The semblance of calm is also evident in Kismayo port, Jubaland’s main source of revenue. It was a beehive of activities on Wednesday morning when the Nation visited as traders loaded their imports into waiting trucks for distribution to various parts of the country.

With less than 10 years since it was liberated from the militia who were using it to export charcoal to Qatar and Oman, the port is today helping Jubaland rebuild its liberated areas by acting as the main route for construction, textile and food imports and aid into Somalia.

Kismayo port managing director Ahmed Haji Adan said though the number of vessels docking had reduced since the pandemic hit the country, the town’s population since its liberation in 2012 has multiplied 50 times from about 10,000 to over half-a-million.

“This is all because of the peace that is being experienced here which can be attributed to three things; Allah, KDF troops and the people. We are seeing refugees returning home in Kismayo, which shows that something right is happening here that is attracting them,” said Mr Adan.

The port’s main access and exit points are manned by Jubaland forces, backed by KDF troops. Kenya Navy ships patrol the sea, supported by aerial surveillance that has reduced acts of piracy in the Indian Ocean.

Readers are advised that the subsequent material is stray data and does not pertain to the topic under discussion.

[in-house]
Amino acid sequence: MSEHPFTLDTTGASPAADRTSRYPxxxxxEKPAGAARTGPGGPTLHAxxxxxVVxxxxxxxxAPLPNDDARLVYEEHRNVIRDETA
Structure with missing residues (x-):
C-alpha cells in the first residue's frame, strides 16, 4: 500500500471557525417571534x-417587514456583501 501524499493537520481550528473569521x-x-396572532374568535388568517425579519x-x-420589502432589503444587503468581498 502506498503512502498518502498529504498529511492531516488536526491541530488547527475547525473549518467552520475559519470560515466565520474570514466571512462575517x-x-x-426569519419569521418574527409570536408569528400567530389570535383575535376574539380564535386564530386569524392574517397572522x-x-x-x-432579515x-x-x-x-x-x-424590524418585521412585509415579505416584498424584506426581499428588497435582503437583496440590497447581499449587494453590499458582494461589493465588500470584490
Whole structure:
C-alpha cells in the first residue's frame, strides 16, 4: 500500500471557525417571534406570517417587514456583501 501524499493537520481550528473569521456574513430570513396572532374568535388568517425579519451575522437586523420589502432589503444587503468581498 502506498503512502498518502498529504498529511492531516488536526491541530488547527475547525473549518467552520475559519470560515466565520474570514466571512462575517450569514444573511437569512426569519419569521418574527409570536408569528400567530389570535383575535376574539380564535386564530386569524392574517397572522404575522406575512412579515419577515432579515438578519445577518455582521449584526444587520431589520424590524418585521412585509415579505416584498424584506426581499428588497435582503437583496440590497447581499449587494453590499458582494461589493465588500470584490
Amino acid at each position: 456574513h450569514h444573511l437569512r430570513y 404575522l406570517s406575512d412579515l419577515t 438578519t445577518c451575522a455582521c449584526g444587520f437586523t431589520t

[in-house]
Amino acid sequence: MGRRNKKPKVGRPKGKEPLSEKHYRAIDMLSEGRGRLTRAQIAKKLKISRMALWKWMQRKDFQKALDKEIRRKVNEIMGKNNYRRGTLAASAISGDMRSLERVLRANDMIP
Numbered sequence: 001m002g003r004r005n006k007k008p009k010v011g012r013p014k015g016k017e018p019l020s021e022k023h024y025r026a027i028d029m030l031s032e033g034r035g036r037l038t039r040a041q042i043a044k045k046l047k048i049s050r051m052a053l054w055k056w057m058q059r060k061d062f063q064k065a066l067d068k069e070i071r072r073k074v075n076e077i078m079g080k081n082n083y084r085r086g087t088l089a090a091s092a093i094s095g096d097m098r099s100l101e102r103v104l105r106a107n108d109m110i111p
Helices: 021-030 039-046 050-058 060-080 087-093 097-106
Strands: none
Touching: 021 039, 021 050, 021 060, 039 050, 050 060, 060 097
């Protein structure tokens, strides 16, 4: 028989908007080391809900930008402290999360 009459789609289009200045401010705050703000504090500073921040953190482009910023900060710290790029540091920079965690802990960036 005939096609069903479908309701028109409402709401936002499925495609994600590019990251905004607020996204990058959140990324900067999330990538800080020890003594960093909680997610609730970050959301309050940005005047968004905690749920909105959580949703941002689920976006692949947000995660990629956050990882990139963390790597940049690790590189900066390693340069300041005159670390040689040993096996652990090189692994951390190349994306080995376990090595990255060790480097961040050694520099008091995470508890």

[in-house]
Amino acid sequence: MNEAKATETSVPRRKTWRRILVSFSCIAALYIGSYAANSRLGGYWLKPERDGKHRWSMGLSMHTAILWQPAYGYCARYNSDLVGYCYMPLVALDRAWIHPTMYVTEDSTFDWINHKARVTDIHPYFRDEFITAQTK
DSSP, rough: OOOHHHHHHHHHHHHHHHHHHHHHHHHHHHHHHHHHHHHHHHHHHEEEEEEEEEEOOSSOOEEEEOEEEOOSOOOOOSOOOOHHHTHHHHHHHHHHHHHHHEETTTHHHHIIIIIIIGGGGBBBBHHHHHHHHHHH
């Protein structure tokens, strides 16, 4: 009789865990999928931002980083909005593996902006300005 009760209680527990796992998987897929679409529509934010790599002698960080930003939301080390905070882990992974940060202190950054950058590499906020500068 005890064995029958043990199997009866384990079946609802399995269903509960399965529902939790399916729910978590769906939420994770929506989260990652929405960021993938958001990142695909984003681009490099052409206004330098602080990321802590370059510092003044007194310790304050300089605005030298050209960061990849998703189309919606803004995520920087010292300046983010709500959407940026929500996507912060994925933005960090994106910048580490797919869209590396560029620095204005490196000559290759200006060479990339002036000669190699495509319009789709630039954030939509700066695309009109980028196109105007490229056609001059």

Lieutenant Onesmus Katiwa, the Officer Commanding Special Boat Unit at Kismayo port, said KDF conducts maritime operations that include protecting vessels from terrorists, pirates and human traffickers.

“We also respond to signals from local fishermen in distress, conduct document verification and physical inspection of vessels, personnel and cargo,” he said.

Kismayo International Airport, also called Sayid Mohammed Abdille International Hassan Airport, which was previously in a shambles, has been refurbished and is now fully functional. From zero in 2014, it receives over 300 passengers weekly from local and international flights.

“We are back in business because of the security efforts by Amisom troops and Jubaland forces,” said Mr Abdi Sirad Ahmed, the managing director.

In the lower Juba region, about 35km east of the Kenya-Somali border, where one of KDF’s landmark battles with militia was witnessed on April 4 this year, the situation remains fluid.

Over 1,000 fighters attacked the KDF Hoosinga base but they were repelled. “Our troops had stocked enough ammo that sustained them until Kenya Air Force jets arrived on time to support the ground troops with air support,” said Major Shadrack Ng’etich, the base commander.

Over 300 Al-Shabaab militia were killed and their weapons captured in what KDF regards as one of their most successful defensive operations in Somalia to this day.

“The area is generally calm but the situation remains fluid due to the unpredictable nature of Al-Shabaab. We conduct day and night patrols to keep them away,” said Major Ng’etich.

Locals live in constant fear of attacks by the militia. “The situation is calm but at times they (militia) show up and attack those working with Amisom. If I speak on camera, my head will be cut off,” a local Imam said. –